Tax free shopping is predominantly an arduous, analog experience. Tourists need to fill out papers – as in actual physical forms – to get their VAT refunded after a spontaneous splurge on holiday. Shopkeepers themselves have had little insight into the process let alone access to data or revenue. Cue Pie Systems.
The fintech startup was founded in San Fransisco around 2017 with a simple, yet promising goal: To make VAT refunds less of a hassle to the benefit of both tourists and shopkeepers. The question was where to launch?
“We went to Silicon Valley and managed to meet Danish VC Eric Lagier. He told us to consider Denmark for launching our product. Their VAT is one of the highest in Europe, and the people are open to trying new technologies. I boarded a plane to Denmark two weeks later,” Sunny Long, co-founder of Pie Systems says.
On their first trip, they interviewed store owners from all over Copenhagen to gauge their interests and needs. The interest in their product was huge. In fact, a shopkeeper from Fields – a Danish shopping mall – wanted the product asap.
“After our first trip, we developed a prototype and came back to Fields and tested it with the store owner in March last year. Disregarding a few technical hiccups our pre-MVP product worked,” Long remembers.
The power of being a small fish in a smaller pond
The product-market fit was the final green light to move forward with Denmark as the market to launch the startup’s service. Not only due to the VAT-levels and the tech savvy population, but because of the Country’s small footprint.
“Denmark is a small market when it comes to tourism. If we had launched in France or Spain, we would have been the tiniest of fish in a huge pond. Instead, in Denmark, we have a fighting chance to grow,” Long remarks. Since starting in Denmark, Pie Systems has worked closely with both Copenhagen Capacity as well as Copenhagen Fintech Lab.
The Copenhagen Fintech Lab is an association that works to help danish financial technology startups. When Pie Systems incorporated in Denmark, they also moved into the association’s coworking space the Fintech Lab. And that was when Long discovered the other benefits of operating in a smaller market.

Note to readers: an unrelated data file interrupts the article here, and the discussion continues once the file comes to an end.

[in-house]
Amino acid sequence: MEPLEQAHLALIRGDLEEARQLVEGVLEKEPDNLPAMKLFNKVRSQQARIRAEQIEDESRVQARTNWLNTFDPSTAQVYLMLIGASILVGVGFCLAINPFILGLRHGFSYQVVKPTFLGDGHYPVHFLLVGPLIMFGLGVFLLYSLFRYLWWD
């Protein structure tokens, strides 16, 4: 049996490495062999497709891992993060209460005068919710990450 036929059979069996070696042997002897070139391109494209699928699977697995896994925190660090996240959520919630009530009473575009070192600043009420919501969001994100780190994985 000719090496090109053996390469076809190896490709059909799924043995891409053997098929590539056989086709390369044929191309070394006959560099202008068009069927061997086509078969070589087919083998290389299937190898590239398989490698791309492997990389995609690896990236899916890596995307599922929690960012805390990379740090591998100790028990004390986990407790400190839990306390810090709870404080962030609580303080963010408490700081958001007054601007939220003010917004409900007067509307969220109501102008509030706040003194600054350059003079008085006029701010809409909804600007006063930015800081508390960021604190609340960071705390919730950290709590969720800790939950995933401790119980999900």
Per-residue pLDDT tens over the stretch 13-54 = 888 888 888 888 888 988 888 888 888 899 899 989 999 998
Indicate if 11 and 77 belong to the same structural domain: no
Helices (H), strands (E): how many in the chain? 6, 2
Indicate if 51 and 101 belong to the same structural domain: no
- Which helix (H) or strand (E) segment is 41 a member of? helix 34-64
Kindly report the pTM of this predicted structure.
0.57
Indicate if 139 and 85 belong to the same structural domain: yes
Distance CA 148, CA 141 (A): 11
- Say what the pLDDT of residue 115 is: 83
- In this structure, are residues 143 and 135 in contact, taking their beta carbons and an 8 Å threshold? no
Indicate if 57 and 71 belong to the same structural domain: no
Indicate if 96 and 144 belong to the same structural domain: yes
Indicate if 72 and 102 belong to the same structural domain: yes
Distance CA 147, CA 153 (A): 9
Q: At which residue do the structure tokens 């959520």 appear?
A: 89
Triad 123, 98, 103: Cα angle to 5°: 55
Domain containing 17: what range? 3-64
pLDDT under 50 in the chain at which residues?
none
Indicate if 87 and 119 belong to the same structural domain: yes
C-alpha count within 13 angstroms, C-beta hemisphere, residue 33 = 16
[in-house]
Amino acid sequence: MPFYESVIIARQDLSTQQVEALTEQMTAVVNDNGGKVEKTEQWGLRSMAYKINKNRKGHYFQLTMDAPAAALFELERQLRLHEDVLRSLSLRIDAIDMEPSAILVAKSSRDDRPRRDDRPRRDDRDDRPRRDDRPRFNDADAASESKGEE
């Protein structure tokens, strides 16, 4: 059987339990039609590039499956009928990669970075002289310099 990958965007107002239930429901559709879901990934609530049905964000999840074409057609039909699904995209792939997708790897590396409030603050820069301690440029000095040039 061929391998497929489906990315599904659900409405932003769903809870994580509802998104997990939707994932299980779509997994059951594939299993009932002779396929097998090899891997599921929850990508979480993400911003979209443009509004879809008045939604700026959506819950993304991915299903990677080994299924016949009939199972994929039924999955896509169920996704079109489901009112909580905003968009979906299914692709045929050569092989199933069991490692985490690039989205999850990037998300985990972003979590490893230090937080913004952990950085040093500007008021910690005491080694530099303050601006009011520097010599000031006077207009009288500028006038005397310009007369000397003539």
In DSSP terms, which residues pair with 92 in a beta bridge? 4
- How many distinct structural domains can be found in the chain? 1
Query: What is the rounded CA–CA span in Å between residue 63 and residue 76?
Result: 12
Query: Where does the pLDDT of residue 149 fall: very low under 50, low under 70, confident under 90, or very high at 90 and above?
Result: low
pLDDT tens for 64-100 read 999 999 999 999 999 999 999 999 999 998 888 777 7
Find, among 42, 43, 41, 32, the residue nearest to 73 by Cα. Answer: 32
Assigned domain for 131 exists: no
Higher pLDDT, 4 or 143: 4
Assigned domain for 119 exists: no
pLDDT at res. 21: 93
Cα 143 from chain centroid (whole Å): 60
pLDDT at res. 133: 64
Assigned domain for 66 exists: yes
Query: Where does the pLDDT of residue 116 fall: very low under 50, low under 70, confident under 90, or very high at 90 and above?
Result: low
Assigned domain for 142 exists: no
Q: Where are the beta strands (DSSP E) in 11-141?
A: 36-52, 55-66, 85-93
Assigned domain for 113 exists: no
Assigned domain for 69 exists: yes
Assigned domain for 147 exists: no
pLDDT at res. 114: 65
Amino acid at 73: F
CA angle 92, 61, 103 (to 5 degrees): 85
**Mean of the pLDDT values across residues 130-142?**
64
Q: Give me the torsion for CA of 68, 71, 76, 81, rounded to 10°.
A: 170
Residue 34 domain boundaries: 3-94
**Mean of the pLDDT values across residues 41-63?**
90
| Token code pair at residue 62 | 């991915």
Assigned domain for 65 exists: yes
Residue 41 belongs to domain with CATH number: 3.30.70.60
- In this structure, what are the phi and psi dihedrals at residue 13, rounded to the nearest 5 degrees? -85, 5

“The people at Copenhagen Fintech has been an excellent entry point for networking. As a result, we were easily able to connect and garner feedback from countless parties. Our network has been expanding steadily. Once you meet a few people, you can reach almost all of Denmark,” Long says.
Refreshingly honest people in a cold city
For now, Long is still commuting between Copenhagen and San Fransisco, and he has noticed many areas where the two regions differ significantly. The climate, for one, is considerably colder in the Danish capital.
“When I look at Silicon Valley, I see the world’s capital of technological innovation. Talent, great ideas and VCs flock there. Denmark is not at that point, yet. But I do see shades of it; for instance the Fintech lab,” Long highlights.
Long and one of Pie System’s other co-founders recently received Start-up Denmark Visas and expect to spend more time in Denmark soon. Long remarks that hiring technical talent is proving difficult, but half of the startup’s workforce is Danish now.
“It is refreshing to come here and have an honest conversation. Danes are remarkably straightforward, which makes our business that much easier to develop to cater to our customers. Pie is still in its early stages, and are now looking to engage with more stores and merchants in Copenhagen,” Long emphasizes.